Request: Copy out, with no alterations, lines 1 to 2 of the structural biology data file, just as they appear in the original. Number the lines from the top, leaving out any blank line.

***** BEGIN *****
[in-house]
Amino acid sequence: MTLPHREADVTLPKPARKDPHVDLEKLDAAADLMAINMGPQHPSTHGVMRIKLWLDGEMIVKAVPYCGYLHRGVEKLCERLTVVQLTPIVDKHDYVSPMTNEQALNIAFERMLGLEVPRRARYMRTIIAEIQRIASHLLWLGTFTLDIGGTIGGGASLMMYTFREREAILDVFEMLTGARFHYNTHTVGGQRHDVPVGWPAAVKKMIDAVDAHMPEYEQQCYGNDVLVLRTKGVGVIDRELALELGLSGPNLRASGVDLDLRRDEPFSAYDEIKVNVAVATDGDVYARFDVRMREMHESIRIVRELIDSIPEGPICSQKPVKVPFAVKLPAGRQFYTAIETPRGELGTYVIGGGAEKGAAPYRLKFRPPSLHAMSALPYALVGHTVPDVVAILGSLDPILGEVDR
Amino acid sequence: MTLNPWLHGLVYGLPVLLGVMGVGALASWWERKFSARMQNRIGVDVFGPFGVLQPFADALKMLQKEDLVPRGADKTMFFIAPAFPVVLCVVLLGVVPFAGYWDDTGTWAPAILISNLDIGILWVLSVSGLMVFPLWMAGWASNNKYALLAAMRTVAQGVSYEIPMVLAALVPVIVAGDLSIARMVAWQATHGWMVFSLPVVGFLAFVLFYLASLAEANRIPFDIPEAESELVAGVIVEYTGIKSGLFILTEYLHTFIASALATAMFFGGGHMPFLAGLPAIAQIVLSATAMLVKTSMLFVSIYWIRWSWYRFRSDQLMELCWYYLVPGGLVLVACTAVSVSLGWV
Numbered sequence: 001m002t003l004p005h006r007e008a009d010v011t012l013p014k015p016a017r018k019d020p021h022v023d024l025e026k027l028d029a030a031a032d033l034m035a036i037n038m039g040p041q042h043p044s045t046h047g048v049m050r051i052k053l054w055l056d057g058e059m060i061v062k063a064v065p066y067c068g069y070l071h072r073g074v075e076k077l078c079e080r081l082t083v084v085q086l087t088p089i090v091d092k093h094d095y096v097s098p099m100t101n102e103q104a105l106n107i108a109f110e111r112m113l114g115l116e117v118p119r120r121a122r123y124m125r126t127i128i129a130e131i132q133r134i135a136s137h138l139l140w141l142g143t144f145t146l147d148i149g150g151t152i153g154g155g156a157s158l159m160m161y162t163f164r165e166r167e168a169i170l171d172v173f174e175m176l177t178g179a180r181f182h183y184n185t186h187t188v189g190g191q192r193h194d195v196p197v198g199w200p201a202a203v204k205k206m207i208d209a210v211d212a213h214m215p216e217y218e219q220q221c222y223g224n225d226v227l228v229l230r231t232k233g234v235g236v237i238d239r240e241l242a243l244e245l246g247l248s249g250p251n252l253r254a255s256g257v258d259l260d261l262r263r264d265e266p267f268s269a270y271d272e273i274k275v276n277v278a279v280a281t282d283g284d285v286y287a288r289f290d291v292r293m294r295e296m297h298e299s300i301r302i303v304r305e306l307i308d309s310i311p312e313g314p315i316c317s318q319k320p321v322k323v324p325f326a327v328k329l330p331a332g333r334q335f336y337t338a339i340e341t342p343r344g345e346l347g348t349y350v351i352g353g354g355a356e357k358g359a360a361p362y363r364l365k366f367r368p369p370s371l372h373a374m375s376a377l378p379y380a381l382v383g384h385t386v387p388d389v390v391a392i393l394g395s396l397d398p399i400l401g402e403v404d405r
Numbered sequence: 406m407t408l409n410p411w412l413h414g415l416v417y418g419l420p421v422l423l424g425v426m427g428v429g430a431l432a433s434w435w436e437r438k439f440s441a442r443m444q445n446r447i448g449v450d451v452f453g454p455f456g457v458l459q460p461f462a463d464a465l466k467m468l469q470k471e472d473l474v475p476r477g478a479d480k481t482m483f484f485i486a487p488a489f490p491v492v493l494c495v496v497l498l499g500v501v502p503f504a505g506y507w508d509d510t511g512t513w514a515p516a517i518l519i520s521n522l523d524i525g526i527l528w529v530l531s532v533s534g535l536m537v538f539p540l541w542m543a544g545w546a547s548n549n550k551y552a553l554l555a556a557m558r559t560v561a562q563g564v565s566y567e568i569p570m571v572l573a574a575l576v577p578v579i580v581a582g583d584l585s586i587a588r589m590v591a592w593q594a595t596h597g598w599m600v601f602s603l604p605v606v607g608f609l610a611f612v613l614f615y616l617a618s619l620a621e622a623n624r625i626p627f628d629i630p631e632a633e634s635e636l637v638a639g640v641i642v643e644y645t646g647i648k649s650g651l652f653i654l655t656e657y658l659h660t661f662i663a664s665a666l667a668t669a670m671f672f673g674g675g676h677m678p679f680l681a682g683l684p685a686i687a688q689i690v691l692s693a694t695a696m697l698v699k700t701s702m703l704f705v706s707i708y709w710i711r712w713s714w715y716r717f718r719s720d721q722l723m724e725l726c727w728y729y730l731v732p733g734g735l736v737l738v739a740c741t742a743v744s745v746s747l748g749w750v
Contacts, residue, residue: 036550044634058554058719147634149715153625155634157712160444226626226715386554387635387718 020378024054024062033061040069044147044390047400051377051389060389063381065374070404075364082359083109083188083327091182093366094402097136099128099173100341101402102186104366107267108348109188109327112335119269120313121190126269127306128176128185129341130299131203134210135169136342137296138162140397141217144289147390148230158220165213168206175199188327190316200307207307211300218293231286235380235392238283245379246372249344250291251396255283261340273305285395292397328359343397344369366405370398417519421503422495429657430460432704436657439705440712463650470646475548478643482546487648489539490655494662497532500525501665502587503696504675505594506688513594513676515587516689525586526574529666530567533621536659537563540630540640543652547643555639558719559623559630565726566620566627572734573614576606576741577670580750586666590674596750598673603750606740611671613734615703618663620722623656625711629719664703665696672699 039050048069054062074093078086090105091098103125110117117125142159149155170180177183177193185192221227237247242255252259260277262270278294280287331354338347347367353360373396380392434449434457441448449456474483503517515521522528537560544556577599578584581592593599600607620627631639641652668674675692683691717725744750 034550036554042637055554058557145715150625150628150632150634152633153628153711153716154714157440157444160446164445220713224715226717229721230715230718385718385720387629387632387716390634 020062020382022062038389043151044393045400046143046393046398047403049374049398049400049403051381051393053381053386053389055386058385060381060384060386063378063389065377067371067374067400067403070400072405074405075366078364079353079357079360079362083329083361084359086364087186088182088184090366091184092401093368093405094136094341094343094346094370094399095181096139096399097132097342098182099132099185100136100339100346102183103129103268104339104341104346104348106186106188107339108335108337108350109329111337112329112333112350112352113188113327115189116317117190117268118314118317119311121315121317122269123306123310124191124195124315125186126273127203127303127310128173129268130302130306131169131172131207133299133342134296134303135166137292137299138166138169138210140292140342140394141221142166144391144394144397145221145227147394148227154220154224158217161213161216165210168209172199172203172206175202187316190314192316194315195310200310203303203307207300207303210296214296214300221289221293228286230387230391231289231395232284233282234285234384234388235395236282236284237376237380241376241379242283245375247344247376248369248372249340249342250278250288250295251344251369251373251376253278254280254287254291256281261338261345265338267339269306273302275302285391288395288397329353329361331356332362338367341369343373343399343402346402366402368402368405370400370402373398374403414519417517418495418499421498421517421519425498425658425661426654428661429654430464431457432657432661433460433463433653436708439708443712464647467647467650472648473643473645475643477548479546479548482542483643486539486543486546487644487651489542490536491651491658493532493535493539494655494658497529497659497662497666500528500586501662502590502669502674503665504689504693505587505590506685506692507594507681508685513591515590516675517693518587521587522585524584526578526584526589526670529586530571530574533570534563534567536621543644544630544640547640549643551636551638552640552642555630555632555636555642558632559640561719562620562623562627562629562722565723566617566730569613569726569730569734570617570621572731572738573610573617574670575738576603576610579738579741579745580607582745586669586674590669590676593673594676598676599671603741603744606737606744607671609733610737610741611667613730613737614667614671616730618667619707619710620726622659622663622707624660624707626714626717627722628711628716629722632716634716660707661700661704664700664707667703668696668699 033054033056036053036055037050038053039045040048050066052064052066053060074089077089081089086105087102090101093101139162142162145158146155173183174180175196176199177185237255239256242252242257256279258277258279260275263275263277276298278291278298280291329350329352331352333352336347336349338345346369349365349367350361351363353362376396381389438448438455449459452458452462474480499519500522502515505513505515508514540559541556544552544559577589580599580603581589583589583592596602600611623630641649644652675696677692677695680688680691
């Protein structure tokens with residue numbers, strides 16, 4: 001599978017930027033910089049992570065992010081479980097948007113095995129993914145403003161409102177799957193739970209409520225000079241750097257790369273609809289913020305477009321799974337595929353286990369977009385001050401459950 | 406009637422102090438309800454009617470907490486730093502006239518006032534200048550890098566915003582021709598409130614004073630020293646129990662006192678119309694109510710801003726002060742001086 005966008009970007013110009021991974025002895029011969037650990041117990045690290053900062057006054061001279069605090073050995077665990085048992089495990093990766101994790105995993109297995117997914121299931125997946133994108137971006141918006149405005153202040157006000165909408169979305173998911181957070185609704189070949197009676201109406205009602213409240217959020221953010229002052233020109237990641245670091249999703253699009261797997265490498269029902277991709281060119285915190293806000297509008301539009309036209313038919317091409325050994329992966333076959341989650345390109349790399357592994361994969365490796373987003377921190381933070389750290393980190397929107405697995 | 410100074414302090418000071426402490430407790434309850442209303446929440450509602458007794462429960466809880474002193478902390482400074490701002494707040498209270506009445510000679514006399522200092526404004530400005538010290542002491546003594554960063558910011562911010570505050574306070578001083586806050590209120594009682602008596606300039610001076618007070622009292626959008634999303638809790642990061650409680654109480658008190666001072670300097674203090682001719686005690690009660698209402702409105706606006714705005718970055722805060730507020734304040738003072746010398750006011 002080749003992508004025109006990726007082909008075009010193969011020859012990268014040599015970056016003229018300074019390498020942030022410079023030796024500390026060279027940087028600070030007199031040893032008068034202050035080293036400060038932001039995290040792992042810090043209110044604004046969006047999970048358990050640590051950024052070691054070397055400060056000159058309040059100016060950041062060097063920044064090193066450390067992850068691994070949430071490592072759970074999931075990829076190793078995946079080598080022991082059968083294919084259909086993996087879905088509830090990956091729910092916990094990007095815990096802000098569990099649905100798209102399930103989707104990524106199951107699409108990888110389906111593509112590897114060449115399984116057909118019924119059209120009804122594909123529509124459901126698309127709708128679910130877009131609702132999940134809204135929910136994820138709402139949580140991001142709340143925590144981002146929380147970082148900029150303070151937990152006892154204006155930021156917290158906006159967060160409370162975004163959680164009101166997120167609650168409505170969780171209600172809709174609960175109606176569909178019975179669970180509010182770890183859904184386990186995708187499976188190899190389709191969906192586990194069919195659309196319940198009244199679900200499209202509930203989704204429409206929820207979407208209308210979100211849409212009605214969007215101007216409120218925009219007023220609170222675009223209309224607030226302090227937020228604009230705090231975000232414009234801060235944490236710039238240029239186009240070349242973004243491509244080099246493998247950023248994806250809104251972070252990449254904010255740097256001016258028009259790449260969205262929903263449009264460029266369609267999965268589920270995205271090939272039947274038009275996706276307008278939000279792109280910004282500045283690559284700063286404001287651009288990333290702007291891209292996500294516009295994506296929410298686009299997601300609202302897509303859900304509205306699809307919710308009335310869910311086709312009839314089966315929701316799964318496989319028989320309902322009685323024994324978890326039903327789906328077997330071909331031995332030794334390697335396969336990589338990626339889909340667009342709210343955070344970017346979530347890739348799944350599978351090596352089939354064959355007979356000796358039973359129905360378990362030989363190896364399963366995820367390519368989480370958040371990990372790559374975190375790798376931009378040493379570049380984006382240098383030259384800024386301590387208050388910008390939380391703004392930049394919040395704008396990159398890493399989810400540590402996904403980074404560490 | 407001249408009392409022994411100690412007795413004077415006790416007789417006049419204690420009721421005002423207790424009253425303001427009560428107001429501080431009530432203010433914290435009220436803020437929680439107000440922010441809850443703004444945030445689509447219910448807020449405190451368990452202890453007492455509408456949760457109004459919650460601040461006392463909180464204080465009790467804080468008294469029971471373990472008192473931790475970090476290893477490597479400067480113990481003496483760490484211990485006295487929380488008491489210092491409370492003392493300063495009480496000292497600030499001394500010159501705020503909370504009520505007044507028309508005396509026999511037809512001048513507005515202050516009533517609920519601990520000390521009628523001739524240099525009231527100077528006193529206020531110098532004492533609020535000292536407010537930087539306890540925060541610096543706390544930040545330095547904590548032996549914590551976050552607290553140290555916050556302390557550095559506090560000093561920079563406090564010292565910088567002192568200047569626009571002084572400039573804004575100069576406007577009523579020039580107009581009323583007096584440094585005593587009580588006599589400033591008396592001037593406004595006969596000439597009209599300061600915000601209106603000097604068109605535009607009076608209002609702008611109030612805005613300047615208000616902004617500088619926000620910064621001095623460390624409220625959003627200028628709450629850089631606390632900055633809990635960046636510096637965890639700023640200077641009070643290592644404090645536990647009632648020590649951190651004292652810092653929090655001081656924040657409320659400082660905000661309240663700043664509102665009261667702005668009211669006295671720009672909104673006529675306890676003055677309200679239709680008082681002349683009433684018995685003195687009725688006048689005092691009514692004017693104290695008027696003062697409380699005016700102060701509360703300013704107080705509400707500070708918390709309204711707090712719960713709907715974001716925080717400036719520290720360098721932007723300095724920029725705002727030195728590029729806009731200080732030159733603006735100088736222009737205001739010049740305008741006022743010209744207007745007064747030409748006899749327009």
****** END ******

[in-house]
Amino acid sequence: MTLPHREADVTLPKPARKDPHVDLEKLDAAADLMAINMGPQHPSTHGVMRIKLWLDGEMIVKAVPYCGYLHRGVEKLCERLTVVQLTPIVDKHDYVSPMTNEQALNIAFERMLGLEVPRRARYMRTIIAEIQRIASHLLWLGTFTLDIGGTIGGGASLMMYTFREREAILDVFEMLTGARFHYNTHTVGGQRHDVPVGWPAAVKKMIDAVDAHMPEYEQQCYGNDVLVLRTKGVGVIDRELALELGLSGPNLRASGVDLDLRRDEPFSAYDEIKVNVAVATDGDVYARFDVRMREMHESIRIVRELIDSIPEGPICSQKPVKVPFAVKLPAGRQFYTAIETPRGELGTYVIGGGAEKGAAPYRLKFRPPSLHAMSALPYALVGHTVPDVVAILGSLDPILGEVDR